The Souls of China

The Return of Religion After Mao

Reddit icon
e-mail icon
Twitter icon
Facebook icon
Google icon
LinkedIn icon
Ian Johnson
  • New York, NY: 
    Pantheon Press
    , April
     2017.
     480 pages.
     $19.99.
     Hardcover.
    ISBN
    9781101870051.
     For other formats: Link to Publisher's Website.
Review coming soon!

Review by James Miller forthcoming.

Description

From the Pulitzer Prize–winning journalist, a revelatory portrait of religion in China today—its history, the spiritual traditions of its Eastern and Western faiths, and the ways in which it is influencing China’s future. 

The Souls of China tells the story of one of the world’s great spiritual revivals.  Following a century of violent anti-religious campaigns, China is now filled with new temples, churches, and mosques—as well as cults, sects, and politicians trying to harness religion for their own ends. Driving this explosion of faith is uncertainty—over what it means to be Chinese and how to live an ethical life in a country that discarded traditional morality a century ago and is searching for new guideposts.

Ian Johnson first visited China in 1984; in the 1990s he helped run a charity to rebuild Daoist temples, and in 2001 he won a Pulitzer Prize for his coverage of the suppression of the Falun Gong spiritual movement. While researching this book, he lived for extended periods with underground church members, rural Daoists, and Buddhist pilgrims. Along the way, he learned esoteric meditation techniques, visited a nonagenarian Confucian sage, and befriended government propagandists as they fashioned a remarkable embrace of traditional values. He has distilled these experiences into a cycle of festivals, births, deaths, detentions, and struggle-a great awakening of faith that is shaping the soul of the world's newest superpower.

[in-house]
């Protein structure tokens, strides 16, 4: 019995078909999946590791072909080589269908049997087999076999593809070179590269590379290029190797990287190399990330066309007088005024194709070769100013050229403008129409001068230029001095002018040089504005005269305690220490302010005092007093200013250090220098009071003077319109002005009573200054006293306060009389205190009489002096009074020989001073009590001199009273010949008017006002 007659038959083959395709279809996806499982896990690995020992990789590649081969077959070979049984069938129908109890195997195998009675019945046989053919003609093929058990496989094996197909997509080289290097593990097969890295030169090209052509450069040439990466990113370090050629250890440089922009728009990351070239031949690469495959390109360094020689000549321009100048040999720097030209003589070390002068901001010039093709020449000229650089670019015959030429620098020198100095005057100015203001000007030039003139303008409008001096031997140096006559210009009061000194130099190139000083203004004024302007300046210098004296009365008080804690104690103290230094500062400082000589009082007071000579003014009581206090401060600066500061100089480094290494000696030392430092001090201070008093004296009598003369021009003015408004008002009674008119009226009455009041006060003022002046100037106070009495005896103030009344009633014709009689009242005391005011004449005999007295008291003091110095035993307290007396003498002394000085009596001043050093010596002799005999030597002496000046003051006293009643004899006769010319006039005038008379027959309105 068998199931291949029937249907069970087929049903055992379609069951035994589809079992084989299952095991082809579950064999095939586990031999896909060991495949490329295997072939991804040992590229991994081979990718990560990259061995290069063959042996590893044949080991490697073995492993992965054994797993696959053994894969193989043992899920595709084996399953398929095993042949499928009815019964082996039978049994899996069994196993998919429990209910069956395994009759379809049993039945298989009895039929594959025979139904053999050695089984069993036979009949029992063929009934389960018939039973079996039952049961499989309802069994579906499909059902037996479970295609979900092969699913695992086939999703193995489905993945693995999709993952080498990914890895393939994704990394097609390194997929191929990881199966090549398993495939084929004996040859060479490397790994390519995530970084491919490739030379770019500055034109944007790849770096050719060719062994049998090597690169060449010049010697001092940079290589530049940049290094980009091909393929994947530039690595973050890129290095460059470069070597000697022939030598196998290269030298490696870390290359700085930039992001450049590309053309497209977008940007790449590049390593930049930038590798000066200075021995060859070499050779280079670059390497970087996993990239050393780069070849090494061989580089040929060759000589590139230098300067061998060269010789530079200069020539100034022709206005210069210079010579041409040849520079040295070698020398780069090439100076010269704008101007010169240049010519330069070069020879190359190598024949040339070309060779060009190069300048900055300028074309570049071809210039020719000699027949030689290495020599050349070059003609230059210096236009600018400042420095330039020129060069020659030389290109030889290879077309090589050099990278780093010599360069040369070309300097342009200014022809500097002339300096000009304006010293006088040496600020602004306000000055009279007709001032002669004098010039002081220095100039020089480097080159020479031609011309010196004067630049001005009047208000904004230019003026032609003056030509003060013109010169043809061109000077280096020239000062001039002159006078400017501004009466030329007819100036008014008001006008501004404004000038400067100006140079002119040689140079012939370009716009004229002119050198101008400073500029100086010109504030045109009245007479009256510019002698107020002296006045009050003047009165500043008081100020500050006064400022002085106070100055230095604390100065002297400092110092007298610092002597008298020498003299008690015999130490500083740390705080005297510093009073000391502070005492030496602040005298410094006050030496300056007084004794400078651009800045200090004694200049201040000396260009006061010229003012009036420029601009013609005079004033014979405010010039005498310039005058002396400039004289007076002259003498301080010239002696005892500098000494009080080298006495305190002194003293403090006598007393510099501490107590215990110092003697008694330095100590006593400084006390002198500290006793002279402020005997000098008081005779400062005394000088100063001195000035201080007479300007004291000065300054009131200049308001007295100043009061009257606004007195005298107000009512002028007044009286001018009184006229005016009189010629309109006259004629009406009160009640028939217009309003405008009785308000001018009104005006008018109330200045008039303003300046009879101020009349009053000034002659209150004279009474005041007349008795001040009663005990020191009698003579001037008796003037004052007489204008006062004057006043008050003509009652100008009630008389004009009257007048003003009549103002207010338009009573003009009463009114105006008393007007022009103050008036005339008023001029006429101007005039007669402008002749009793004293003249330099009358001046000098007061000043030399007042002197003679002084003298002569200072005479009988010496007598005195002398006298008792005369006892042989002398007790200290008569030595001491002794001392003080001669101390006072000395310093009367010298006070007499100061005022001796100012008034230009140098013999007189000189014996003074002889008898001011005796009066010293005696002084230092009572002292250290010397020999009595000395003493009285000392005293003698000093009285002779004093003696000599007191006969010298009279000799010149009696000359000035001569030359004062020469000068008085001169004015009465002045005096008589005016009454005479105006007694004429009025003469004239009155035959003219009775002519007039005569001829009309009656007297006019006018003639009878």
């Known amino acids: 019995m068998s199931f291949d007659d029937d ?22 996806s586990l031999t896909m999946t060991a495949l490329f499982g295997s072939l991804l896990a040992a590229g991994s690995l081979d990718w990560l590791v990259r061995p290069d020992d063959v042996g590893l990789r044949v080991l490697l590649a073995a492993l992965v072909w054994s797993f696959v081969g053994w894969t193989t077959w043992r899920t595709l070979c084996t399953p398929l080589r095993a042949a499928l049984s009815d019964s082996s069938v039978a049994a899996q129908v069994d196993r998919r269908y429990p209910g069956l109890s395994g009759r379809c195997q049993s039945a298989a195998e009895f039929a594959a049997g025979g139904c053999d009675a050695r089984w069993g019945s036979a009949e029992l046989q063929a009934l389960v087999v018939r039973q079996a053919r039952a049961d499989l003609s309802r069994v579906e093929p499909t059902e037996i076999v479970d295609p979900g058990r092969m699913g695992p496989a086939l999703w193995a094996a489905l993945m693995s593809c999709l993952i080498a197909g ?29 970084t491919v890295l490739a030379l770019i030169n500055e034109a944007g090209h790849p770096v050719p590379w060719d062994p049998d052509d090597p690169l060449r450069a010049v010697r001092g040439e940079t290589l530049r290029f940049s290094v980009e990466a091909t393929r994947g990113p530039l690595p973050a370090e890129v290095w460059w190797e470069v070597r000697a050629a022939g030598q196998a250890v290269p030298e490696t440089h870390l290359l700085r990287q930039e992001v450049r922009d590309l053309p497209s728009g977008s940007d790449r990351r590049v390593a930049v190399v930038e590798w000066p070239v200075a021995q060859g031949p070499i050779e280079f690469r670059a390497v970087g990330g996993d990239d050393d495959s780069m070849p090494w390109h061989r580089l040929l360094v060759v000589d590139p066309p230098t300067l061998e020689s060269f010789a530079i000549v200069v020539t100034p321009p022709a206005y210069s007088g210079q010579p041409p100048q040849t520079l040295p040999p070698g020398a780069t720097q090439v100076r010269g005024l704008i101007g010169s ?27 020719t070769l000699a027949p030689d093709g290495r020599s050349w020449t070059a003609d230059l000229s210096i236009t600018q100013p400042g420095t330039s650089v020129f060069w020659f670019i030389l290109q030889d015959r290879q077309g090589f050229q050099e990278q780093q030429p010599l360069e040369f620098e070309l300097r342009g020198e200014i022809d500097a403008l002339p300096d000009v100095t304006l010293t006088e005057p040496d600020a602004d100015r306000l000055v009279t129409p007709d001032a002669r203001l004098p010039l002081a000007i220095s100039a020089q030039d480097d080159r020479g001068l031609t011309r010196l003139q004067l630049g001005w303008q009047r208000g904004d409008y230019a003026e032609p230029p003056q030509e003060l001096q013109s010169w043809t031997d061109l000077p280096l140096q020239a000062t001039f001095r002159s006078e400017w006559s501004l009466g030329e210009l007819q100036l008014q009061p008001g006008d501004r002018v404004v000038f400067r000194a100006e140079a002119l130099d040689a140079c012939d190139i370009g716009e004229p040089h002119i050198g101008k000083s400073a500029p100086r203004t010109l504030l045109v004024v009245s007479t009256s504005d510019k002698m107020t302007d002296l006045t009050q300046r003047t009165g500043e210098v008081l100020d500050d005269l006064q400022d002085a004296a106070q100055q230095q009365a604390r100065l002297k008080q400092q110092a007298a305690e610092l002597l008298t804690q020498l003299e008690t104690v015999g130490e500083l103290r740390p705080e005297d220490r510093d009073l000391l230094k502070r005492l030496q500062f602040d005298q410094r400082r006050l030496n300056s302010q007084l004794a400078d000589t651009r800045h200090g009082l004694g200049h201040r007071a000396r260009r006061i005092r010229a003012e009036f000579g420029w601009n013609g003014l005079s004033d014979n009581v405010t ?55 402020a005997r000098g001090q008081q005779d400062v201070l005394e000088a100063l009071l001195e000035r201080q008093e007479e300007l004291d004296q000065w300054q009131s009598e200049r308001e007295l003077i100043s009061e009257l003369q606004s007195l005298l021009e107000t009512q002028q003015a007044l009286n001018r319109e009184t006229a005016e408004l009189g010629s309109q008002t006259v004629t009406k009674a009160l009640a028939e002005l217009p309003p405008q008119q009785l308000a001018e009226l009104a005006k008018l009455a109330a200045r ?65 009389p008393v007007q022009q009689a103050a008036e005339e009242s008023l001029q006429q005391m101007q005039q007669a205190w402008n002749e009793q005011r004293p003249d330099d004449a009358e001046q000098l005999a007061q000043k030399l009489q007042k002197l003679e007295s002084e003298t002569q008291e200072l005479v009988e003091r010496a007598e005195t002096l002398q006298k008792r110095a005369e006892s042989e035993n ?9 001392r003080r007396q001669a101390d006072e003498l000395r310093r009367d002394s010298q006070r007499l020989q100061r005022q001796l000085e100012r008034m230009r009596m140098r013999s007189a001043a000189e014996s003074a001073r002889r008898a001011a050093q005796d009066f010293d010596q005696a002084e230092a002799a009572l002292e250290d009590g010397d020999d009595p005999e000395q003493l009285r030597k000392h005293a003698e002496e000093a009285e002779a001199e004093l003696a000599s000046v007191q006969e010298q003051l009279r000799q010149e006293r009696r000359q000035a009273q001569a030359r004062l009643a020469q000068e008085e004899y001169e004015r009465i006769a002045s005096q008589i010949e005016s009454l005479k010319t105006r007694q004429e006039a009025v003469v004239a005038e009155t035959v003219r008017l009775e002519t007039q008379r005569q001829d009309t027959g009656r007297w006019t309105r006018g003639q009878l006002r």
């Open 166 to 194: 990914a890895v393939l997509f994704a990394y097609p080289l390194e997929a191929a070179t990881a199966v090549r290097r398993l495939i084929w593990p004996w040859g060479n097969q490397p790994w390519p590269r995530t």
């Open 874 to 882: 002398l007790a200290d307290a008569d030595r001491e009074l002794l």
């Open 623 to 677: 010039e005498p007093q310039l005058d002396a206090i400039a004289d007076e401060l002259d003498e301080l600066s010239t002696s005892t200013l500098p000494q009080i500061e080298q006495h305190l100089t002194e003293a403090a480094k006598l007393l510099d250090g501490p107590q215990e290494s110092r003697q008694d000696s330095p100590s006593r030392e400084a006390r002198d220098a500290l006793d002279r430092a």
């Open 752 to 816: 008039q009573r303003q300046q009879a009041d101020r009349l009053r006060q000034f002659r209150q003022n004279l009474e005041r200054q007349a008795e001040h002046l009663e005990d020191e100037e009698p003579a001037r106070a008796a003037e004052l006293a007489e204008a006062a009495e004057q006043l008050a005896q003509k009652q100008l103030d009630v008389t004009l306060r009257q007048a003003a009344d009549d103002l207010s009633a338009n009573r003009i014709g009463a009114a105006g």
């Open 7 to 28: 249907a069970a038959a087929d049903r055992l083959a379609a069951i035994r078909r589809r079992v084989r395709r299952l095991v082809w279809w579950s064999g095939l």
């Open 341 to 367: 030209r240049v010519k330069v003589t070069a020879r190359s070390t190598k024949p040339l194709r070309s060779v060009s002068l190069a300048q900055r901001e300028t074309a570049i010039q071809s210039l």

About the Author(s)/Editor(s)/Translator(s): 

Ian Johnson is a regular contributor to The New York Review of Books and The New York Times; his work has also appeared in The New Yorker and National Geographic. He is an advising editor for The Journal of Asian Studies and teaches a course on religion in Beijing. He is the author of two other books that also focus on the intersection of politics and religion: Wild Grass: Three Stories of Change in Modern China and A Mosque in Munich: Nazis, the CIA, and the Rise of the Muslim Brotherhood in the West. He lives in Beijing.

Add New Comment

Reading Religion welcomes comments from AAR members, and you may leave a comment below by logging in with your AAR Member ID and password. Please read our policy on commenting.

Log in to post comments